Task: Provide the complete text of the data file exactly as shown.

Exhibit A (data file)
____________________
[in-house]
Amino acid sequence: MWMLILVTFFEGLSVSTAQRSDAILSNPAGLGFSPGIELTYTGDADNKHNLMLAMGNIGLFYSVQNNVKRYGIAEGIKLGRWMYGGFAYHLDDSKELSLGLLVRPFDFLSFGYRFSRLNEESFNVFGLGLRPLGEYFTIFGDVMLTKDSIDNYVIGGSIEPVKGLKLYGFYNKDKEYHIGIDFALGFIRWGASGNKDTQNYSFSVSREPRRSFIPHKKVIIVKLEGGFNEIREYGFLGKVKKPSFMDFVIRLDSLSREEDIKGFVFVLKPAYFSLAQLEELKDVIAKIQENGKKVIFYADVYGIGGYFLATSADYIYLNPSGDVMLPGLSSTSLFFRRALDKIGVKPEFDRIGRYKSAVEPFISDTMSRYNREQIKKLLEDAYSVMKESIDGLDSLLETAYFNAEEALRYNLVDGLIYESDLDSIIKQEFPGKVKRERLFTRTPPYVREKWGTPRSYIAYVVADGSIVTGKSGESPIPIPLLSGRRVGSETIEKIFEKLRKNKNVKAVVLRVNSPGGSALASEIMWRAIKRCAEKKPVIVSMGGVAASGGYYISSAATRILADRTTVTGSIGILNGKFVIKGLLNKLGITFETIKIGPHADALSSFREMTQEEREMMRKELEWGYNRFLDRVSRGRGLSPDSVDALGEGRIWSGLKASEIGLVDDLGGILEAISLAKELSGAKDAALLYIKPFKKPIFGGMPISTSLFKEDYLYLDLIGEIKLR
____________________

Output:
[in-house]
Amino acid sequence: MWMLILVTFFEGLSVSTAQRSDAILSNPAGLGFSPGIELTYTGDADNKHNLMLAMGNIGLFYSVQNNVKRYGIAEGIKLGRWMYGGFAYHLDDSKELSLGLLVRPFDFLSFGYRFSRLNEESFNVFGLGLRPLGEYFTIFGDVMLTKDSIDNYVIGGSIEPVKGLKLYGFYNKDKEYHIGIDFALGFIRWGASGNKDTQNYSFSVSREPRRSFIPHKKVIIVKLEGGFNEIREYGFLGKVKKPSFMDFVIRLDSLSREEDIKGFVFVLKPAYFSLAQLEELKDVIAKIQENGKKVIFYADVYGIGGYFLATSADYIYLNPSGDVMLPGLSSTSLFFRRALDKIGVKPEFDRIGRYKSAVEPFISDTMSRYNREQIKKLLEDAYSVMKESIDGLDSLLETAYFNAEEALRYNLVDGLIYESDLDSIIKQEFPGKVKRERLFTRTPPYVREKWGTPRSYIAYVVADGSIVTGKSGESPIPIPLLSGRRVGSETIEKIFEKLRKNKNVKAVVLRVNSPGGSALASEIMWRAIKRCAEKKPVIVSMGGVAASGGYYISSAATRILADRTTVTGSIGILNGKFVIKGLLNKLGITFETIKIGPHADALSSFREMTQEEREMMRKELEWGYNRFLDRVSRGRGLSPDSVDALGEGRIWSGLKASEIGLVDDLGGILEAISLAKELSGAKDAALLYIKPFKKPIFGGMPISTSLFKEDYLYLDLIGEIKLR